Suicide Prevention Conference

National Aboriginal and Torres Strait Islander Suicide Prevention Conference, 5 – 6 May 2016, Alice Springs Convention Centre

Welcome from the Conference Organising Committee

The inaugural Aboriginal and Torres Strait Islander Suicide Prevention Conference gathered together experts and members of the Aboriginal and Torres Strait Islander communities and the wider community from across the country to Alice Springs, the heart of the Aboriginal nations. Over two days those gathered exchanged learnings, share lived experiences, built knowledge and inspired one another as to how we can best strengthen communities to tackle this entrenched tragedy.

Conference highlights

The conference highlights report includes photos, quotes and social media snippets. The report is an outcome of a social journalism project for public health in Australia.


Event details

5 – 6 May 2016
Alice Springs Convention Centre, Alice Springs NT
Conference Advisory Committee
Professor Pat Dudgeon
(Chair) UWA
Dion Tatow
Brendan Gibson
Richard Weston
Healing Foundation
Sue Murray
Suicide Prevention Australia
Erin Lew Fatt
Dameyon Bonson
Black Rainbow
Donna Murray
Donna Ah Chee
Vicki O’Donnell
Gerry Georgatos
Adele Cox
Dr Yvonne Luxford
Abstracts presented to the conference were assessed based on the following criteria:
  • Experience working in the field
  • Lived experience of people who are delivering programs or services in the community
  • Preference will be given to presentations from Aboriginal and Torres Strait Islander people or teams of Aboriginal and Torres Strait Islander people and non-Indigenous people


The themes for the conference were:

  • Community Based Solutions
  • Social Determinants of Health
  • Partnership
  • Clinical Factors
  • Sharing Knowledge 

The conference program is available below.

Keynote speakers

Stan Grant

Stan Grant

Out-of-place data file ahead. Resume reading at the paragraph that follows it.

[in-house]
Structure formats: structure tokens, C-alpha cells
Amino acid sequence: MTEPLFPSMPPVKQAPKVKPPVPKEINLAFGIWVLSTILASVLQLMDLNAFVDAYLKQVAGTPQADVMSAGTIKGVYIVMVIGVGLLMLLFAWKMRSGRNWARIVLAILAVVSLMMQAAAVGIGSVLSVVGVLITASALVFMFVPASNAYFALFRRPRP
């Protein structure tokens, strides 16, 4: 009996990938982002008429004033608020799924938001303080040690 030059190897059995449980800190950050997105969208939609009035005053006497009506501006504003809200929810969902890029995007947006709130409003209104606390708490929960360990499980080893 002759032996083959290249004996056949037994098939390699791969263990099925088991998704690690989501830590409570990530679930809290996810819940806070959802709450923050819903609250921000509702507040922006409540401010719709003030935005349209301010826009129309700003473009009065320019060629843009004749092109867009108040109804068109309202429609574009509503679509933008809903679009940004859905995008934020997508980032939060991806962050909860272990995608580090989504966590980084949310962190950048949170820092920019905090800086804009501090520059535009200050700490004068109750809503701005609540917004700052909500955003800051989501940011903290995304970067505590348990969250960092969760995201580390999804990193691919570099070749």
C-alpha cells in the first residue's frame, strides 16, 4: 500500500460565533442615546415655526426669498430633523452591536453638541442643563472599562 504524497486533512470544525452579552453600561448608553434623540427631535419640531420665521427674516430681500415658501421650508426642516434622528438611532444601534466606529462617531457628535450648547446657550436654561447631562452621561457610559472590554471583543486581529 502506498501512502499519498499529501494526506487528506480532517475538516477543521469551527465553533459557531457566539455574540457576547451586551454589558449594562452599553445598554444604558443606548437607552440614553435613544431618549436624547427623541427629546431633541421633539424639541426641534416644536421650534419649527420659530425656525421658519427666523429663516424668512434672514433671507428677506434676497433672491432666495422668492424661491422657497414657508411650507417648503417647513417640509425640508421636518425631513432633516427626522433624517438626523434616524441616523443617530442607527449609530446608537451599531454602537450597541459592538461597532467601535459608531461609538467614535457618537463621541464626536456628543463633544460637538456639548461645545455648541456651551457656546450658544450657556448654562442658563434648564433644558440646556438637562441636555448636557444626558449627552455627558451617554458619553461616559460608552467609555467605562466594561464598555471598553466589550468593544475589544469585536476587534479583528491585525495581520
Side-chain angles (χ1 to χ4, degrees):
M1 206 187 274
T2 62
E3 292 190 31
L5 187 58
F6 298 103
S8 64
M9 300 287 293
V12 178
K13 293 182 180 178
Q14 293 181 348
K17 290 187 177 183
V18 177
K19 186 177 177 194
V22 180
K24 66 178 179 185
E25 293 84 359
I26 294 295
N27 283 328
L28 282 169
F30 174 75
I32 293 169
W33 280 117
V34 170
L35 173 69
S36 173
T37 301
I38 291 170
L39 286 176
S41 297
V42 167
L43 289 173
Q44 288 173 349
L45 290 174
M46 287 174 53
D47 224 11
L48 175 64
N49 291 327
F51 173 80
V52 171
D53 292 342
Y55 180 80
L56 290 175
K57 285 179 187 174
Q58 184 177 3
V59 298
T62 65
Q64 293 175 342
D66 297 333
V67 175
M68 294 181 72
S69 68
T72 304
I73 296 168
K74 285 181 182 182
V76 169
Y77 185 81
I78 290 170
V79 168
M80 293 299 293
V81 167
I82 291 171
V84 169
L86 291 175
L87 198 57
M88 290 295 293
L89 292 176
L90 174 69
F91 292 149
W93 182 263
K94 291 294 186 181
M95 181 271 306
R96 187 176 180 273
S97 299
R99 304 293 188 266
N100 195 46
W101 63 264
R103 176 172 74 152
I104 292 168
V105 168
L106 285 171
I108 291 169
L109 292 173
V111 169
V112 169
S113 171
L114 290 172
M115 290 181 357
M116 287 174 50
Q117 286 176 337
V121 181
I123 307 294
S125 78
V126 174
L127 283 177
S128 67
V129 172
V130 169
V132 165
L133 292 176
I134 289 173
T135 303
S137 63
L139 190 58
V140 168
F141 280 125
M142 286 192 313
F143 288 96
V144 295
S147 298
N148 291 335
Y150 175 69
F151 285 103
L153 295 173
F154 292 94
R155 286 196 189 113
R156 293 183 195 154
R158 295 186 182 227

Stan Grant is a Wiradjuri man whose latest book Talking to My Country is a powerful and personal meditation on race, culture and national identity. A journalist since 1987, Stan has covered some of the world’s biggest news events and has received a string of prestigious international and Australian awards. He published his memoir, The Tears of Strangers in 2002 and in 2015, he won a Walkley award for his coverage of indigenous affairs.  He is Managing Editor of National Indigenous Television, Indigenous Affairs Editor at The Guardian and International Editor at Skynews. He is currently hosting a nightly news bulletin on NITV titled The Point with Stan Grant.

Rosalie Kunoth-Monks

Rosalie Kunoth-Monks

Rosalie Kunoth was born in 1937 at Utopia Cattle Station (Arapunya) in the Northern Territory of Australia to parents of the Amatjere people. Her paternal grandfather was German, hence her German surname. In 1951, Kunoth was 14 years old and staying at St Mary's Hostel in Alice Springs when the filmmakers Charles and Elsa Chauvel recruited her to play the title role in their 1955 Jedda. Her nickname was Rosie, but the Chauvels changed her name for the screen to Ngarla Kunoth. Kunoth was the first Indigenous female lead. The ground breaking film was played for audiences at the Cannes Film Festival 60 years later in 2015.In 1970 she married Bill Monks, settled in Alice Springs and had a daughter - Ngarla.

The University of Western Australia
Healing Foundation
Telethon Kids Institute

Proudly supported/funded by the Australian Government.